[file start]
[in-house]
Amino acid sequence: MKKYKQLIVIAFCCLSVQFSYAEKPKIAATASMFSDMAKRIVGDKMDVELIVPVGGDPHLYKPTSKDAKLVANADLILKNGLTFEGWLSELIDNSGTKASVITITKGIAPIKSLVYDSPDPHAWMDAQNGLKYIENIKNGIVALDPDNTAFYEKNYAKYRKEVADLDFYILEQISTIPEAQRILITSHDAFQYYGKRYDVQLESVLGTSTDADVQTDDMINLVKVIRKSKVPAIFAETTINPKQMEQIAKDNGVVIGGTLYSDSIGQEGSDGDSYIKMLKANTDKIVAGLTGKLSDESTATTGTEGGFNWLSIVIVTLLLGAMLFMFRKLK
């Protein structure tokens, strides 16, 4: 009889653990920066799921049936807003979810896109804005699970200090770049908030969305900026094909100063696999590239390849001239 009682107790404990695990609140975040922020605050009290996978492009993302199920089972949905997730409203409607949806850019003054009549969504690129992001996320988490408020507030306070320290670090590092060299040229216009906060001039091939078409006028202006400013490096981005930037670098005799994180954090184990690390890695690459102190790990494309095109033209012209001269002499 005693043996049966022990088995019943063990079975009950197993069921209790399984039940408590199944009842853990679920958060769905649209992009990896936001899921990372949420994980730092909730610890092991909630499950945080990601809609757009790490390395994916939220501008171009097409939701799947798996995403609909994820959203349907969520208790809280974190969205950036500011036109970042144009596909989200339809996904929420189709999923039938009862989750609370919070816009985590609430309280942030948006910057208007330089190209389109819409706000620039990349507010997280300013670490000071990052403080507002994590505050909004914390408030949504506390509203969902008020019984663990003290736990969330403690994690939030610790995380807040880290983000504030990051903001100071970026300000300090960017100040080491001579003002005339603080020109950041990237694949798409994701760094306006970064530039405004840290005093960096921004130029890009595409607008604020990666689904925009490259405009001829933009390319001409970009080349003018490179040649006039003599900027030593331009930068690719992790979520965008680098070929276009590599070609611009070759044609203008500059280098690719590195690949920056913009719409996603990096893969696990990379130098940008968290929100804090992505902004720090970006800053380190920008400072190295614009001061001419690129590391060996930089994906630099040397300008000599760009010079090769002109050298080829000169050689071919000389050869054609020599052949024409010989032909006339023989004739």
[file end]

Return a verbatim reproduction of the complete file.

[in-house]
Amino acid sequence: MKKYKQLIVIAFCCLSVQFSYAEKPKIAATASMFSDMAKRIVGDKMDVELIVPVGGDPHLYKPTSKDAKLVANADLILKNGLTFEGWLSELIDNSGTKASVITITKGIAPIKSLVYDSPDPHAWMDAQNGLKYIENIKNGIVALDPDNTAFYEKNYAKYRKEVADLDFYILEQISTIPEAQRILITSHDAFQYYGKRYDVQLESVLGTSTDADVQTDDMINLVKVIRKSKVPAIFAETTINPKQMEQIAKDNGVVIGGTLYSDSIGQEGSDGDSYIKMLKANTDKIVAGLTGKLSDESTATTGTEGGFNWLSIVIVTLLLGAMLFMFRKLK
């Protein structure tokens, strides 16, 4: 009889653990920066799921049936807003979810896109804005699970200090770049908030969305900026094909100063696999590239390849001239 009682107790404990695990609140975040922020605050009290996978492009993302199920089972949905997730409203409607949806850019003054009549969504690129992001996320988490408020507030306070320290670090590092060299040229216009906060001039091939078409006028202006400013490096981005930037670098005799994180954090184990690390890695690459102190790990494309095109033209012209001269002499 005693043996049966022990088995019943063990079975009950197993069921209790399984039940408590199944009842853990679920958060769905649209992009990896936001899921990372949420994980730092909730610890092991909630499950945080990601809609757009790490390395994916939220501008171009097409939701799947798996995403609909994820959203349907969520208790809280974190969205950036500011036109970042144009596909989200339809996904929420189709999923039938009862989750609370919070816009985590609430309280942030948006910057208007330089190209389109819409706000620039990349507010997280300013670490000071990052403080507002994590505050909004914390408030949504506390509203969902008020019984663990003290736990969330403690994690939030610790995380807040880290983000504030990051903001100071970026300000300090960017100040080491001579003002005339603080020109950041990237694949798409994701760094306006970064530039405004840290005093960096921004130029890009595409607008604020990666689904925009490259405009001829933009390319001409970009080349003018490179040649006039003599900027030593331009930068690719992790979520965008680098070929276009590599070609611009070759044609203008500059280098690719590195690949920056913009719409996603990096893969696990990379130098940008968290929100804090992505902004720090970006800053380190920008400072190295614009001061001419690129590391060996930089994906630099040397300008000599760009010079090769002109050298080829000169050689071919000389050869054609020599052949024409010989032909006339023989004739």